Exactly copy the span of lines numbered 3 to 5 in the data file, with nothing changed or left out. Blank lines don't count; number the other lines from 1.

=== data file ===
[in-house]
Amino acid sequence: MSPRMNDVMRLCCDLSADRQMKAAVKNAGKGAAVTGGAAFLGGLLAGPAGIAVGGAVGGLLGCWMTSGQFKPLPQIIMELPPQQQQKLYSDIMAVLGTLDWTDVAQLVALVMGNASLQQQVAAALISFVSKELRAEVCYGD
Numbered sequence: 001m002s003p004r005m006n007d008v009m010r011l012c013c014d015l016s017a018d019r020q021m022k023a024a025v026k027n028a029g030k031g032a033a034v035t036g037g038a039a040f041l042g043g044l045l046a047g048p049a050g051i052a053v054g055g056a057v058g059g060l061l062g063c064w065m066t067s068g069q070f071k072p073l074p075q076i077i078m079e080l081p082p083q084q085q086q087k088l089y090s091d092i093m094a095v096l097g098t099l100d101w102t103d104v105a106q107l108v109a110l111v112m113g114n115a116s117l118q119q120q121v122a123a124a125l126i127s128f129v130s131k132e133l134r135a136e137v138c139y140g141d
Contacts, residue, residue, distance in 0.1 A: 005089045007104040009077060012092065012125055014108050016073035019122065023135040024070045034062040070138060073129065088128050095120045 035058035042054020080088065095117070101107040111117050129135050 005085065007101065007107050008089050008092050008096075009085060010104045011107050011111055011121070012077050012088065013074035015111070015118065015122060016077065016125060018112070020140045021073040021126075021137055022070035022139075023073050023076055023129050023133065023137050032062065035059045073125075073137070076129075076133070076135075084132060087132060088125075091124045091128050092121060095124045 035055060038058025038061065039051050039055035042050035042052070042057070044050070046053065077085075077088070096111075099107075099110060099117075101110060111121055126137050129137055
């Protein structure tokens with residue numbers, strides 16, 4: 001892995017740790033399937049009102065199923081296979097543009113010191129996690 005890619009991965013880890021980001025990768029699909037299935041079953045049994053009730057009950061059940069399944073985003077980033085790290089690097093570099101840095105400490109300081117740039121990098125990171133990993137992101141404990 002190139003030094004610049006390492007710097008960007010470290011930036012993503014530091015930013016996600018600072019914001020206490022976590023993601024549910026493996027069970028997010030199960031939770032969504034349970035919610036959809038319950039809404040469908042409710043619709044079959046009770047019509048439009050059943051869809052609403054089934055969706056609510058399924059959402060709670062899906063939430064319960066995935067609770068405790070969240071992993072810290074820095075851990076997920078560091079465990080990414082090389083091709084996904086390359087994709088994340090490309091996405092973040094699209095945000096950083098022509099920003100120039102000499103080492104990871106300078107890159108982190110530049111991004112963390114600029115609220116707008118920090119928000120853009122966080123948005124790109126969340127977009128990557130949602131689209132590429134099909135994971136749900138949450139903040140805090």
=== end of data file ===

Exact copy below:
Numbered sequence: 001m002s003p004r005m006n007d008v009m010r011l012c013c014d015l016s017a018d019r020q021m022k023a024a025v026k027n028a029g030k031g032a033a034v035t036g037g038a039a040f041l042g043g044l045l046a047g048p049a050g051i052a053v054g055g056a057v058g059g060l061l062g063c064w065m066t067s068g069q070f071k072p073l074p075q076i077i078m079e080l081p082p083q084q085q086q087k088l089y090s091d092i093m094a095v096l097g098t099l100d101w102t103d104v105a106q107l108v109a110l111v112m113g114n115a116s117l118q119q120q121v122a123a124a125l126i127s128f129v130s131k132e133l134r135a136e137v138c139y140g141d
Contacts, residue, residue, distance in 0.1 A: 005089045007104040009077060012092065012125055014108050016073035019122065023135040024070045034062040070138060073129065088128050095120045 035058035042054020080088065095117070101107040111117050129135050 005085065007101065007107050008089050008092050008096075009085060010104045011107050011111055011121070012077050012088065013074035015111070015118065015122060016077065016125060018112070020140045021073040021126075021137055022070035022139075023073050023076055023129050023133065023137050032062065035059045073125075073137070076129075076133070076135075084132060087132060088125075091124045091128050092121060095124045 035055060038058025038061065039051050039055035042050035042052070042057070044050070046053065077085075077088070096111075099107075099110060099117075101110060111121055126137050129137055
């Protein structure tokens with residue numbers, strides 16, 4: 001892995017740790033399937049009102065199923081296979097543009113010191129996690 005890619009991965013880890021980001025990768029699909037299935041079953045049994053009730057009950061059940069399944073985003077980033085790290089690097093570099101840095105400490109300081117740039121990098125990171133990993137992101141404990 002190139003030094004610049006390492007710097008960007010470290011930036012993503014530091015930013016996600018600072019914001020206490022976590023993601024549910026493996027069970028997010030199960031939770032969504034349970035919610036959809038319950039809404040469908042409710043619709044079959046009770047019509048439009050059943051869809052609403054089934055969706056609510058399924059959402060709670062899906063939430064319960066995935067609770068405790070969240071992993072810290074820095075851990076997920078560091079465990080990414082090389083091709084996904086390359087994709088994340090490309091996405092973040094699209095945000096950083098022509099920003100120039102000499103080492104990871106300078107890159108982190110530049111991004112963390114600029115609220116707008118920090119928000120853009122966080123948005124790109126969340127977009128990557130949602131689209132590429134099909135994971136749900138949450139903040140805090």